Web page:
Wednesday, May 24, 2006
What is Living?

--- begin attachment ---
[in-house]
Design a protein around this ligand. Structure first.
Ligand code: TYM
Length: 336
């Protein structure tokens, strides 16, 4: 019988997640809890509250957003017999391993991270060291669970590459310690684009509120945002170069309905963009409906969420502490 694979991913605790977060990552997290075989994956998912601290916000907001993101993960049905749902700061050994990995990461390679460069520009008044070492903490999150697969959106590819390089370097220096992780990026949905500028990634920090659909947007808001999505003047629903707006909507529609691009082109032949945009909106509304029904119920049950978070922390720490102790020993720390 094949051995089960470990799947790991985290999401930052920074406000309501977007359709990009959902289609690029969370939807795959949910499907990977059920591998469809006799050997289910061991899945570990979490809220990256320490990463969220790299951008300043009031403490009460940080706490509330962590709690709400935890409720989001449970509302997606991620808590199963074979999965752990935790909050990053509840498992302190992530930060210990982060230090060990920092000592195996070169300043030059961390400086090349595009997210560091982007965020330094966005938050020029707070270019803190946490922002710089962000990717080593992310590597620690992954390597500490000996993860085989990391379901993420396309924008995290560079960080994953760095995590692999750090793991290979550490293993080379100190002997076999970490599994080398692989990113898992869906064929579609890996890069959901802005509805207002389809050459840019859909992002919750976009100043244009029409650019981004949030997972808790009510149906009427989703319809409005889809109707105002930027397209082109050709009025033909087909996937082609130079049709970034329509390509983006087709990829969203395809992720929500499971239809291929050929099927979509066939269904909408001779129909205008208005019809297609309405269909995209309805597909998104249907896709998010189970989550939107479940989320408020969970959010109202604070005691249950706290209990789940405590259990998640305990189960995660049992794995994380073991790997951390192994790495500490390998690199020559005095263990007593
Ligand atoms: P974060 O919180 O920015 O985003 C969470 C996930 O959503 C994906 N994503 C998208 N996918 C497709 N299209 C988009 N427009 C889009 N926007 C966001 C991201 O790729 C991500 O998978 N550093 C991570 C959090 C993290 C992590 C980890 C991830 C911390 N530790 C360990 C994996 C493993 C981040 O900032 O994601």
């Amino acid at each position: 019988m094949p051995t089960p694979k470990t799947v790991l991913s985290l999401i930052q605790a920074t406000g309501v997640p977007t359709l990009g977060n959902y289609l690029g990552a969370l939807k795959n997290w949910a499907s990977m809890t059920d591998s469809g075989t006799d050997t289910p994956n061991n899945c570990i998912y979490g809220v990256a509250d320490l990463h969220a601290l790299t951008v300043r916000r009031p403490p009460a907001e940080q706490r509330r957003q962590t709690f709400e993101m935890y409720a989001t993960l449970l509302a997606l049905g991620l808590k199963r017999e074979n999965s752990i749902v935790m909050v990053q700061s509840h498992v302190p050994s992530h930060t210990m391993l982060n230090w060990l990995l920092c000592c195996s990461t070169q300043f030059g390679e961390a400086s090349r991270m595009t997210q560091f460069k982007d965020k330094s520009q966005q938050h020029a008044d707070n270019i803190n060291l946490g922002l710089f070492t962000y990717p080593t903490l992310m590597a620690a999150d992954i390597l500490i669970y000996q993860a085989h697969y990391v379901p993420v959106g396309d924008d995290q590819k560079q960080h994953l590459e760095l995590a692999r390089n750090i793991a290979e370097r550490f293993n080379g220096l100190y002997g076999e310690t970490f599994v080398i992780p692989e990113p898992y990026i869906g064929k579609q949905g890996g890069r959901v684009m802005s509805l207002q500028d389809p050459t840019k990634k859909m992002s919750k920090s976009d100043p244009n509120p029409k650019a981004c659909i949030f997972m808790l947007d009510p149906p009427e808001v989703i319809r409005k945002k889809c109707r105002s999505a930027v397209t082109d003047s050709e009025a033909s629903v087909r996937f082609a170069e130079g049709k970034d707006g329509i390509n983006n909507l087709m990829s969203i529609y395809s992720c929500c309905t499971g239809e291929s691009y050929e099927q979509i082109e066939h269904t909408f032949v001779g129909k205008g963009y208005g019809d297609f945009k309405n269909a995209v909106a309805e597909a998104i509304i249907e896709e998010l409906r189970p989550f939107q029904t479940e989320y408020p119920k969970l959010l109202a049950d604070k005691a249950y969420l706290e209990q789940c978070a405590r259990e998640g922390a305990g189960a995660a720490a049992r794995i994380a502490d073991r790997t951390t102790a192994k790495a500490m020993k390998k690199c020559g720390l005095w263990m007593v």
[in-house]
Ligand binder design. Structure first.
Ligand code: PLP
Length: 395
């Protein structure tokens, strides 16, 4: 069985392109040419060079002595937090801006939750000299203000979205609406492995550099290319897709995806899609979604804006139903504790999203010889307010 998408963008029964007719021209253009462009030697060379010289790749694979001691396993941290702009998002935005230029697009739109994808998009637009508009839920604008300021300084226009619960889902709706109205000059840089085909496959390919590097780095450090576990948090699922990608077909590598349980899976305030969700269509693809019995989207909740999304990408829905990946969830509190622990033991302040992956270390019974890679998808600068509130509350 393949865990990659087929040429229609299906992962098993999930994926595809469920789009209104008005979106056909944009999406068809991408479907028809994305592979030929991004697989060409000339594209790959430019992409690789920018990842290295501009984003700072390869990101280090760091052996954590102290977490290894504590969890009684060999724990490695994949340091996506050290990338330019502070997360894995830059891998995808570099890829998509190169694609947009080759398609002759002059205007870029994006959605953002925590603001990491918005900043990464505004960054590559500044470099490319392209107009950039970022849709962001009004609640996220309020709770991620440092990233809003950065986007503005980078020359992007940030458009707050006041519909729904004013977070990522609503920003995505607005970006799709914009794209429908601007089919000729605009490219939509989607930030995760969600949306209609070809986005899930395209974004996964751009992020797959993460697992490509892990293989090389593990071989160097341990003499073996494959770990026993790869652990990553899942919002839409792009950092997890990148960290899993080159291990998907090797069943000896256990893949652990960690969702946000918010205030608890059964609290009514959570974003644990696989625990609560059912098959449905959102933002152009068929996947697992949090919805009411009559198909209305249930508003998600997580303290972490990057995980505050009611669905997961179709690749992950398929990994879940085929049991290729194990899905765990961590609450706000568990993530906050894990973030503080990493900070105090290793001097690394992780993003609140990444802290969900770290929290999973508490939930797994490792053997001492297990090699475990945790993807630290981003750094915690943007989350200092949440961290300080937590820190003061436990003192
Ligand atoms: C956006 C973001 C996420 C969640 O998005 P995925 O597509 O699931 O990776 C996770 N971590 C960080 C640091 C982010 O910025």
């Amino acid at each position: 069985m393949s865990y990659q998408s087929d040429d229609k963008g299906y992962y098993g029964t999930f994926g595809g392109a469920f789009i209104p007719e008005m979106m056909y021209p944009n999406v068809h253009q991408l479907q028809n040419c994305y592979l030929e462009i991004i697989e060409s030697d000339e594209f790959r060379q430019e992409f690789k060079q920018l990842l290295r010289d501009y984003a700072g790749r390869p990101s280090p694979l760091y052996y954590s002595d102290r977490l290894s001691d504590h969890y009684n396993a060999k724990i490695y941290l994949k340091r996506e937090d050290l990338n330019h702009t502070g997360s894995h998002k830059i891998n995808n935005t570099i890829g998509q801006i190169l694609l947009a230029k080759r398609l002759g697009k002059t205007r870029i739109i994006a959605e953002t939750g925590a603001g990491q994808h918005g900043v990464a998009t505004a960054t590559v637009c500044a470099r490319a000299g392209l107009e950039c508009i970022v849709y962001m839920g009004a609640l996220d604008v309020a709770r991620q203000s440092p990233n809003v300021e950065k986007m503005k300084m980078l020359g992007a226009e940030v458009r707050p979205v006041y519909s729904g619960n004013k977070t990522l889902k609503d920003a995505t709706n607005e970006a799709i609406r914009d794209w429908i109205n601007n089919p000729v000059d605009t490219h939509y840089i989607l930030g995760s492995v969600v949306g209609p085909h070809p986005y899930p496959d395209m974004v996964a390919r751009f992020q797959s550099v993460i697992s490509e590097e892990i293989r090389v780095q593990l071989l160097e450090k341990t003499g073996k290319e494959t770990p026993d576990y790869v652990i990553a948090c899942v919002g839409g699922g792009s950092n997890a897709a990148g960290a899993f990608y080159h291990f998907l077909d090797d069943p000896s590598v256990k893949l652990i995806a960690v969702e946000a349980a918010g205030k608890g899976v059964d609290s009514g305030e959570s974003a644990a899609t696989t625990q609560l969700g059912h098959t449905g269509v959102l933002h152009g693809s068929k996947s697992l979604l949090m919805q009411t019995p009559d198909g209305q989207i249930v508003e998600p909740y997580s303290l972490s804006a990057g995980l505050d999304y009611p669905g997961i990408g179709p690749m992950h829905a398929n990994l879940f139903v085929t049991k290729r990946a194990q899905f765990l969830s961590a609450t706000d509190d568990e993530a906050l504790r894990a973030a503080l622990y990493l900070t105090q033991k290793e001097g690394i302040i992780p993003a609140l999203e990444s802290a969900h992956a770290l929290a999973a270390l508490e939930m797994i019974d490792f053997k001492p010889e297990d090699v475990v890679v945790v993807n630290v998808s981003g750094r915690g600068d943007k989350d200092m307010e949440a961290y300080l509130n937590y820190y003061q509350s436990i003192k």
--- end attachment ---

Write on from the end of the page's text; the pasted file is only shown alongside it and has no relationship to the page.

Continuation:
After touring around Lodz we headed to another town called Czestochowa where Chaim surprised us with a special visit that I’m not sure the other buses got to see. Chaim knew about this bunker in town that one could still see and still visit. It was a place where people tried to hide before they were finally deported to a death camp. It was down several winding stairs that lead into a damp, deep, dark dungeon like room that I’m sure was filled with mold and mildew. This wouldn’t have been quite the observation, other than the fact that I have been struggling to NOT get a sinus infection and all that. I’ve had to be very diligent about taking vitamin C and decongestants etc and so I can’t even imagine living in this whole with 27 other people for 4 months. If they coughed, or if the baby cried, they would have been ratted out and being sick and coughing a lot, I surely would have been the reason 26 other people would have been found out and sent to their deaths. Twenty-seven people lived in this whole that was no bigger than 8 by 4 feet with a small partition in the middle. They lived there for 4 months before they were discovered. It was so dark and cramped that they couldn’t even light a candle because there wasn’t enough oxygen for both the candle and the people trying to live there. They would come out at night in a courtyard where they could breath and stretch out a bit, although I’m confident they probably still didn’t talk much for fear of being discovered. A certain gentleman would bring them food every 3 days, but it was very limited as the “outside” was very strict and limited and it would be quite obvious that you were taking extra food for 27 other people. He was eventually caught and so one of the younger women in the group, who also had a baby took over his job. She had to leave her child everyday and go seek out food and such for the other people that would care for it while she was gone. One night when they were in the courtyard a neighbor heard the baby cry and they were ratted out. Only the mother didn’t know, so she came back to find that her child and all the 25 other people had been taken. I just can’t even imagine. I mean, I guess I can fathom hiding for a few days or a few weeks, but after a while, don’t you start to wonder what you are hiding for? Don’t you start to wonder if it will ever get better? Say you survive until the Nazis are no longer in power – when this happens, you will still have no family left, no home, and chances are Poland would still be very anti-Semitic and you would still be in danger. But who’s to say that you would even survive in the bunker that long anyway – how long would it take? Would you have to live that kind of life for days? For weeks? For months? For years? Is that really living? Does that constitute a life? Living in a hole and then coming out at night so you can breath? Sometimes I would like to think I would have had enough in me to try and survive, to be a strong person, and to have faith that something better was there to come, but at the same time…. Sometimes I’m just really not sure.